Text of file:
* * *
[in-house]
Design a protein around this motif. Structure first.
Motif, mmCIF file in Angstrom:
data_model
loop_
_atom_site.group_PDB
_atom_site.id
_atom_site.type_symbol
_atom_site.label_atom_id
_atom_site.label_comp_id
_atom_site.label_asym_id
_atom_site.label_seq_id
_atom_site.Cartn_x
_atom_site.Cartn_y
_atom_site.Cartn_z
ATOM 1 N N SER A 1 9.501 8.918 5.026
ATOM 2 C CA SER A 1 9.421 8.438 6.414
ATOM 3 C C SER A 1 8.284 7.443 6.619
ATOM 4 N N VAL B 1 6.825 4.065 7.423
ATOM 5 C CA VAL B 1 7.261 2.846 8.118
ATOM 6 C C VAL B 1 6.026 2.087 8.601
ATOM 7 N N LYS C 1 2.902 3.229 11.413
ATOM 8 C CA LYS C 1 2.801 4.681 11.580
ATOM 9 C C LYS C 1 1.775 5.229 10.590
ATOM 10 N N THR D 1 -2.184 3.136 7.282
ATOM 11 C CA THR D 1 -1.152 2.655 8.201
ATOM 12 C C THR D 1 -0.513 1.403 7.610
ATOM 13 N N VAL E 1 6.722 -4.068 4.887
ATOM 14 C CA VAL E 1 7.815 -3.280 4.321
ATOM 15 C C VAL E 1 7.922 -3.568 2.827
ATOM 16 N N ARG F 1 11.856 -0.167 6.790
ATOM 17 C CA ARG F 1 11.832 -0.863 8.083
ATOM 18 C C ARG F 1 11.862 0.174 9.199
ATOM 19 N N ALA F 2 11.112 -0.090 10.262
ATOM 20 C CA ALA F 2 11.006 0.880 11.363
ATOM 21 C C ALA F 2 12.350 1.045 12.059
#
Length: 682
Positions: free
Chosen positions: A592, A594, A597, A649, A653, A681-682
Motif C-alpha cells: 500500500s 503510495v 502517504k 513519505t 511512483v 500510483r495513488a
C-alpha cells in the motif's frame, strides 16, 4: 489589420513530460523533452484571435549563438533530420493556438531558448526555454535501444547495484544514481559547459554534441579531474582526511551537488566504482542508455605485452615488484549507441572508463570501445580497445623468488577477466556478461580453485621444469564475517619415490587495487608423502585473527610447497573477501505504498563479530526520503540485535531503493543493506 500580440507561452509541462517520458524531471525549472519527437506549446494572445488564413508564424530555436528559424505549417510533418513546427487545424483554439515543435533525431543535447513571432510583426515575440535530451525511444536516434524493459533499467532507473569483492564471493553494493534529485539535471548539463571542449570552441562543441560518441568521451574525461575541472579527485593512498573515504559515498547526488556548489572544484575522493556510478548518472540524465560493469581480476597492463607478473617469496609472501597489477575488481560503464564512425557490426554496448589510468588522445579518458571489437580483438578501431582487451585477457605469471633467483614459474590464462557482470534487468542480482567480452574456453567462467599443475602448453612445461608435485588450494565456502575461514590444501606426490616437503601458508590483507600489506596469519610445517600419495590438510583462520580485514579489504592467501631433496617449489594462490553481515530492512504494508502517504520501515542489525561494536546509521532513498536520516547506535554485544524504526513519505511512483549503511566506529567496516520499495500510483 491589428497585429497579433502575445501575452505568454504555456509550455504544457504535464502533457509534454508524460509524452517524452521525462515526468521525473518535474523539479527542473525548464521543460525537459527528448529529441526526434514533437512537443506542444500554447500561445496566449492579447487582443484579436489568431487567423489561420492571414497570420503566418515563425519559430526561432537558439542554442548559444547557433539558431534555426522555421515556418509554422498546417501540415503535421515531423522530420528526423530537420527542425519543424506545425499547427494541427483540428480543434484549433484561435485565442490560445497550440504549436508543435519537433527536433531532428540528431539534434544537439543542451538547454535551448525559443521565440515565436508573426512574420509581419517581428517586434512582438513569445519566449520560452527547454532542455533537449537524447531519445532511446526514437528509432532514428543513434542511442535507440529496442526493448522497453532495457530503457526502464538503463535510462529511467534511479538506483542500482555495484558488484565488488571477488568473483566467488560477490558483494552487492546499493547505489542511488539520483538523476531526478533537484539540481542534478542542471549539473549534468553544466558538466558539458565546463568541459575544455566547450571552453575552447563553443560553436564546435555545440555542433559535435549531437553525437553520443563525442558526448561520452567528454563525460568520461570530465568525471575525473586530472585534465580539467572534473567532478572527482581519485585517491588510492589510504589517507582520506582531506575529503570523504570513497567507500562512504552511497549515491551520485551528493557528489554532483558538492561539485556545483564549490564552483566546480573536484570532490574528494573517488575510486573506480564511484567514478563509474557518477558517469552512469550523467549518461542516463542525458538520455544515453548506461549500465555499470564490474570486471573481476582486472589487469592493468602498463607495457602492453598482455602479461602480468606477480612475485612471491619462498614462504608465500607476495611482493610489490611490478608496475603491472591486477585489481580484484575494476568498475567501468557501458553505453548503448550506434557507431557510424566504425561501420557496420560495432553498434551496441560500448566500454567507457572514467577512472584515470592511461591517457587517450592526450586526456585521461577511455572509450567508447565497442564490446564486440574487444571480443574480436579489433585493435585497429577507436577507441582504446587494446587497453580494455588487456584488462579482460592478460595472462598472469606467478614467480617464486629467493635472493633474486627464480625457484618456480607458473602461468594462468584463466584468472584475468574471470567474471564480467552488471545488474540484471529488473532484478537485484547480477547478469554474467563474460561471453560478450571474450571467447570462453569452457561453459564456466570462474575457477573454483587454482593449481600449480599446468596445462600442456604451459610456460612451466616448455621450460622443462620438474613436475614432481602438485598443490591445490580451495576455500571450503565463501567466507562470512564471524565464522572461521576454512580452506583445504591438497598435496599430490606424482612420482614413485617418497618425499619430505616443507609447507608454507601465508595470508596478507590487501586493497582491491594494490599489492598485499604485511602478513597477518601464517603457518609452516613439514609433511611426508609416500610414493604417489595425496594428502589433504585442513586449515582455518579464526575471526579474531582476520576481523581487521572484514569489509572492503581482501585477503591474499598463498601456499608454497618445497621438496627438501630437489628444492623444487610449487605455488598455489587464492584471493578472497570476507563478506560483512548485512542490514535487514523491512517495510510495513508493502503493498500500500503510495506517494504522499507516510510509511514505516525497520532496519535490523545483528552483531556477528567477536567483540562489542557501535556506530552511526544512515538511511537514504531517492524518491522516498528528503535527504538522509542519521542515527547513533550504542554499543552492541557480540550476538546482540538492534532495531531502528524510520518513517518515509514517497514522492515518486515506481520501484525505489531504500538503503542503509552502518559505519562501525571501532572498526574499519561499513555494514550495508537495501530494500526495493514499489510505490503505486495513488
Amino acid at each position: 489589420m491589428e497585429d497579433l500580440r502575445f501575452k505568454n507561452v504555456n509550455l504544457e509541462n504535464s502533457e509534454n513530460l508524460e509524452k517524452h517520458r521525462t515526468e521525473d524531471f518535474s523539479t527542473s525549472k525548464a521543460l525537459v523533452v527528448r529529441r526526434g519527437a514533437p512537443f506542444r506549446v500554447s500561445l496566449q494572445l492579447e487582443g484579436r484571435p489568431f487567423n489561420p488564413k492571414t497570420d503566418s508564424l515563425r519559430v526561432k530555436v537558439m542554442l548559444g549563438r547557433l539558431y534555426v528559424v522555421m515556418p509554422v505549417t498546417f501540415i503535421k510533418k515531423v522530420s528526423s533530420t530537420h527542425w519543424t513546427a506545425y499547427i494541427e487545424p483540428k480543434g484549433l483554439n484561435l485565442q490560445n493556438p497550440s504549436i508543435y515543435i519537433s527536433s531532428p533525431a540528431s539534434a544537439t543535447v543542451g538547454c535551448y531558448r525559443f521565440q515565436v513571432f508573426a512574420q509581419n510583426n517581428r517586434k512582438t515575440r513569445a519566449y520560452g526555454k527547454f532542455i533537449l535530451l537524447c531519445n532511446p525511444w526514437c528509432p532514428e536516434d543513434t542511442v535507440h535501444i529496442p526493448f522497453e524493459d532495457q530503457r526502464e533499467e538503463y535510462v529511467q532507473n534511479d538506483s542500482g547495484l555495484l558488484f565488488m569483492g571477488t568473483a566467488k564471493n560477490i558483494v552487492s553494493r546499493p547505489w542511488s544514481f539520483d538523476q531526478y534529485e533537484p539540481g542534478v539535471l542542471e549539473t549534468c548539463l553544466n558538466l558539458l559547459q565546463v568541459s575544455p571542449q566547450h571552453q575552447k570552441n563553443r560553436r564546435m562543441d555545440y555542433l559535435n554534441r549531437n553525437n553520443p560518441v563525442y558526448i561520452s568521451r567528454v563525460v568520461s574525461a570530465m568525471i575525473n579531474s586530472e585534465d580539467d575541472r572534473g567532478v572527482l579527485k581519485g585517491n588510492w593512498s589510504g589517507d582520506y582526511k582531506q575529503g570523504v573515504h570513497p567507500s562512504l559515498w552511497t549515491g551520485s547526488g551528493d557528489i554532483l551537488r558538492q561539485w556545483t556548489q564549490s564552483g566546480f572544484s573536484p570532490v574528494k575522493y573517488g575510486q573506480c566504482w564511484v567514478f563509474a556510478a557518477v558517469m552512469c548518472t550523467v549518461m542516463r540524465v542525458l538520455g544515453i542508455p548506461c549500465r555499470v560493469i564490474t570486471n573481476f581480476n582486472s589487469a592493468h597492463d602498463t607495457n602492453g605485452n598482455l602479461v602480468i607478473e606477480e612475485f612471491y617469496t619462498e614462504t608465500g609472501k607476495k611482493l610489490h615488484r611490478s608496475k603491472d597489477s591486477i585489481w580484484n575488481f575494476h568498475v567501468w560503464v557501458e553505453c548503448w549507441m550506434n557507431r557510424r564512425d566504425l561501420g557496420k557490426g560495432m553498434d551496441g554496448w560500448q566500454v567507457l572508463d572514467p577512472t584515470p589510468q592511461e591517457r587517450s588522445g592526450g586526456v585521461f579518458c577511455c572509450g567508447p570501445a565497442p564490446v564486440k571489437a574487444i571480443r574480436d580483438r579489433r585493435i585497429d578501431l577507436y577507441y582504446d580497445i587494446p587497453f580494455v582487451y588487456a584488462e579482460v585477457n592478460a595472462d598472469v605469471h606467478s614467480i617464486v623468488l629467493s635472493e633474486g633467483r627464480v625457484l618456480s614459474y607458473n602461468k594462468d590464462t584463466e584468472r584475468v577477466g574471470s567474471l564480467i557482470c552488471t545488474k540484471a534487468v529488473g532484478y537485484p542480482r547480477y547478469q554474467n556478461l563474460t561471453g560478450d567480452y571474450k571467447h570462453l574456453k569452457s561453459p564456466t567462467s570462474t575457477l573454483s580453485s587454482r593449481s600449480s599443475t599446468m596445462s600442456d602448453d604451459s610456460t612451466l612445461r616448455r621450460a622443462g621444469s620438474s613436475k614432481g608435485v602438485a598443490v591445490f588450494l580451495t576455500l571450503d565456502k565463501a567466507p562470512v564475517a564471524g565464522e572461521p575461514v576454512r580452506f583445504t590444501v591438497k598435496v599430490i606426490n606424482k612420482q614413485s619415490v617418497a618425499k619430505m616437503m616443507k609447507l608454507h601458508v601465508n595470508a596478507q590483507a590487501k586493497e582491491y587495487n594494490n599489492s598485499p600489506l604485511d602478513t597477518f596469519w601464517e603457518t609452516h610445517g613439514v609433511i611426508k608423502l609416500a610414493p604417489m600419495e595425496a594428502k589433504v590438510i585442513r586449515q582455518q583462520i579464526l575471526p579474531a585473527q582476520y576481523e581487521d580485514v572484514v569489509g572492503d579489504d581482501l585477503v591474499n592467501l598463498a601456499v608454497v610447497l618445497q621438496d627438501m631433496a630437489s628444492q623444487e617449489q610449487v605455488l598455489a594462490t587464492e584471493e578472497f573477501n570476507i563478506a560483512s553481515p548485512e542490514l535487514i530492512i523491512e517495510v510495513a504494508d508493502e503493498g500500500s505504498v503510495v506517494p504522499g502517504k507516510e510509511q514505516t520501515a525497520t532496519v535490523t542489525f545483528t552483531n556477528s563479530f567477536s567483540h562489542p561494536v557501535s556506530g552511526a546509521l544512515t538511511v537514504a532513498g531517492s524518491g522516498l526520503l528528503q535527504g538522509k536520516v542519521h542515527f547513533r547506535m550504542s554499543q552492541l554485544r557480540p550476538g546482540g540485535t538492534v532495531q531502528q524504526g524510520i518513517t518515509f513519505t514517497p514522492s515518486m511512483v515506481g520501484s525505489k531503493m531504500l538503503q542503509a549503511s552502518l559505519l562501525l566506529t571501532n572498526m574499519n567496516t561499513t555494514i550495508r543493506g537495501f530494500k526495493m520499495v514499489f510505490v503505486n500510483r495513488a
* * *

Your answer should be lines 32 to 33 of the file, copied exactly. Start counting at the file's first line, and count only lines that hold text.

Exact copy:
ATOM 17 C CA ARG F 1 11.832 -0.863 8.083
ATOM 18 C C ARG F 1 11.862 0.174 9.199